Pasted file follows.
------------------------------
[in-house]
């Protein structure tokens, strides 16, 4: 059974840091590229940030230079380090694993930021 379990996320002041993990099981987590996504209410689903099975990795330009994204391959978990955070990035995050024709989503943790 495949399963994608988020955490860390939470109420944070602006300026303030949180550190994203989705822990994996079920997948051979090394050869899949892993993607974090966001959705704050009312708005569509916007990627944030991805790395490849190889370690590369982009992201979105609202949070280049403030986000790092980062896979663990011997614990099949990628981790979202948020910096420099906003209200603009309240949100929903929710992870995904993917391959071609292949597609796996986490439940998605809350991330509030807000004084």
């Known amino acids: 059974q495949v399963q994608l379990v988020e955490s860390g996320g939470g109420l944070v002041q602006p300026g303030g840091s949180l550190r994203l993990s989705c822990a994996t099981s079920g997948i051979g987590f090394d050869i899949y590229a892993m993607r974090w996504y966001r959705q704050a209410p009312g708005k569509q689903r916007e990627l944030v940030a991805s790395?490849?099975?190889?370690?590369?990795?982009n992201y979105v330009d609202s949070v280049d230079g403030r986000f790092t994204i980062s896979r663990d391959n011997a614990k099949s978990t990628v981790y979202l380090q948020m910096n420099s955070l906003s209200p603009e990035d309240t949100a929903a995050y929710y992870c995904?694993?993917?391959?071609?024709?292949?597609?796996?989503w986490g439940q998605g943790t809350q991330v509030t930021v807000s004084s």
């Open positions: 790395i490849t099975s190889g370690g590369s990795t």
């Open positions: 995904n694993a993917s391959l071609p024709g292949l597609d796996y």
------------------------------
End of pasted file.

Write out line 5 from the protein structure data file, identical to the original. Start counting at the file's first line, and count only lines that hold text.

């Open positions: 995904n694993a993917s391959l071609p024709g292949l597609d796996y």